I’ve personally started doing this by using Jerry Seinfeld’s method of productivity. Below is a brief explanation I’ve excerpted from this great LifeHacker article.

[Jerry] told me to get a big wall calendar that has a whole year on one page and hang it on a prominent wall. The next step was to get a big red magic marker.

He said for each day that I do my task of writing, I get to put a big red X over that day. “After a few days you’ll have a chain. Just keep at it and the chain will grow longer every day. You’ll like seeing that chain, especially when you get a few weeks under your belt. Your only job next is to not break the chain.”

“Don’t break the chain,” he said again for emphasis.

Essentially, you are visually holding yourself accountable for keeping up with your daily writing habit.

But how much writing you get done depends on you. Do you want to set a minimum word count? Maybe you want to write at least 500, or 1000 words a day. Or a time minimum, where you don’t get up from your chair until you’ve worked for at least an hour. Decide this ahead of time and hold yourself to it.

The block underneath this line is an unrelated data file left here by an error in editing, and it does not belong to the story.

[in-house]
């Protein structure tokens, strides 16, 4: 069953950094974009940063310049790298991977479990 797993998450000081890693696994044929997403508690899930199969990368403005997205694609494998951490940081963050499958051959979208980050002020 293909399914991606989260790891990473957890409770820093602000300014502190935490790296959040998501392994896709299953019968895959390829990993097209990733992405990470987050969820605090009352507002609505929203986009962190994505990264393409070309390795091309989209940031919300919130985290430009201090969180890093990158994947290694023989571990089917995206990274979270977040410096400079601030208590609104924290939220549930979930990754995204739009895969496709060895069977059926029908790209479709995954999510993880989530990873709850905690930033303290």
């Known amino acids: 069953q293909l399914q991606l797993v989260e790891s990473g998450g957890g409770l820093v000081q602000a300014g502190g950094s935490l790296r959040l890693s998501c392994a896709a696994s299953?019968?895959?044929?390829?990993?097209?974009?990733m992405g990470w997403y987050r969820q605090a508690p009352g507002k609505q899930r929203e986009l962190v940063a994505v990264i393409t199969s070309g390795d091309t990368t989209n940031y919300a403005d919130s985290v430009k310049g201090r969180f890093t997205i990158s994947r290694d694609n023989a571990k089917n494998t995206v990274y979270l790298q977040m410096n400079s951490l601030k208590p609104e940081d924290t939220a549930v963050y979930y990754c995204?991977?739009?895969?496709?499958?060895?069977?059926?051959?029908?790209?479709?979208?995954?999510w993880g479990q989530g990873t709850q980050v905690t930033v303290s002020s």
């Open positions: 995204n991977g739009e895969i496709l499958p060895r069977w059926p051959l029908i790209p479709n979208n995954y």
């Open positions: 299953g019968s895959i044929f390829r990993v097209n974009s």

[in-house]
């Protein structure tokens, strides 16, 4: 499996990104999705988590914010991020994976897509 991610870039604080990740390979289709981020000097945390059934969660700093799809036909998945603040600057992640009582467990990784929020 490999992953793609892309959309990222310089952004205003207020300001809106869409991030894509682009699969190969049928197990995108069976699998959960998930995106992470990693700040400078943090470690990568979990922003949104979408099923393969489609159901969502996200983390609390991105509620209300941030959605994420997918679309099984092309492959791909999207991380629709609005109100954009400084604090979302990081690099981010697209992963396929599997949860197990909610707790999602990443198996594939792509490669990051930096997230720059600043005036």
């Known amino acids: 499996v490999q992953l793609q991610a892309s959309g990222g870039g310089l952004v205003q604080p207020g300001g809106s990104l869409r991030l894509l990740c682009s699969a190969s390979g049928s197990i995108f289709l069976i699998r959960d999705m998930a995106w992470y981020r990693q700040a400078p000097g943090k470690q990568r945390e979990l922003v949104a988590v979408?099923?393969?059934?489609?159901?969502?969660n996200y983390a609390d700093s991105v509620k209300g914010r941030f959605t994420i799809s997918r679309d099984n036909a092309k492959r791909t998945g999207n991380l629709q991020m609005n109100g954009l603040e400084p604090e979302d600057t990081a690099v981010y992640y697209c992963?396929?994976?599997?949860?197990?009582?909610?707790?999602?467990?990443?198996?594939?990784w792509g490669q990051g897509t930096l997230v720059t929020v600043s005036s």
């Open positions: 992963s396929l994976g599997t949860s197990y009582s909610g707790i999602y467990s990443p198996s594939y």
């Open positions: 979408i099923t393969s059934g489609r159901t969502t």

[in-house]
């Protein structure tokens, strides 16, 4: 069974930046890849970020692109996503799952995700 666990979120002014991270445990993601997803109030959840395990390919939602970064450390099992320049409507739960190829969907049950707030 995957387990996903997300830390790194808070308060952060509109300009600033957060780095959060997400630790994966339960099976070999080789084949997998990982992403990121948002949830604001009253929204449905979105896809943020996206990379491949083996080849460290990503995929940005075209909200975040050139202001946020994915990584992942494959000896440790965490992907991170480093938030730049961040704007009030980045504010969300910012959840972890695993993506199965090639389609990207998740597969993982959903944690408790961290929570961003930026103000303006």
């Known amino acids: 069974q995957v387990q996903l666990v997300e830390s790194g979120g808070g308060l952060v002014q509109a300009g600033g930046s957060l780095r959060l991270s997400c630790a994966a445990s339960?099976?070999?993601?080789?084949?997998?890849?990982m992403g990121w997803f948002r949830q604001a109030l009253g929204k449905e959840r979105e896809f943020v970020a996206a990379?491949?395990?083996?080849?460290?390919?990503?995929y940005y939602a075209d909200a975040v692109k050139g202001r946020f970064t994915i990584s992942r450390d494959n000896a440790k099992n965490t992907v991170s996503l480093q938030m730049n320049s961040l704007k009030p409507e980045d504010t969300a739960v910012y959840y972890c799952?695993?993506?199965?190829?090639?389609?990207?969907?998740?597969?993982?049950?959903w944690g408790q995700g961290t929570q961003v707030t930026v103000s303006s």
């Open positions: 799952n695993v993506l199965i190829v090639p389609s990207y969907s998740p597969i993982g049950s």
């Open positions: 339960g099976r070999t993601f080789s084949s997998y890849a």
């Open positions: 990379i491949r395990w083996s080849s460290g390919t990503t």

And thanks to the magic of the internet, someone has already created an awesome, easy to use (and free!) website called Don’t Break The Chain!

I am a huge fan of this site. I have it as one of my home screens to remind myself to get work done every time I pull up the internet. My favorite feature is how it allows you to create and manage multiple lists. I currently have four lists: Writing, Editing, Reading and Working out.

Unfortunately, in the wake of my recent completion of graduate school, “Working out” is the only list I’ve been keeping up with, but I plan on changing that. After all, I only went to school for five years to learn how to write well–I had better be using those skills, darn it!

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New Year, New Expectations

Break is over and like many, I have crawled forth from the warm folds of my comforter to start the new year as a better, more productive person. And like many, I didn’t finish everything I wanted to today. But that’s okay. The new year is all about what you do and what you’re going to do–as long as it gets done.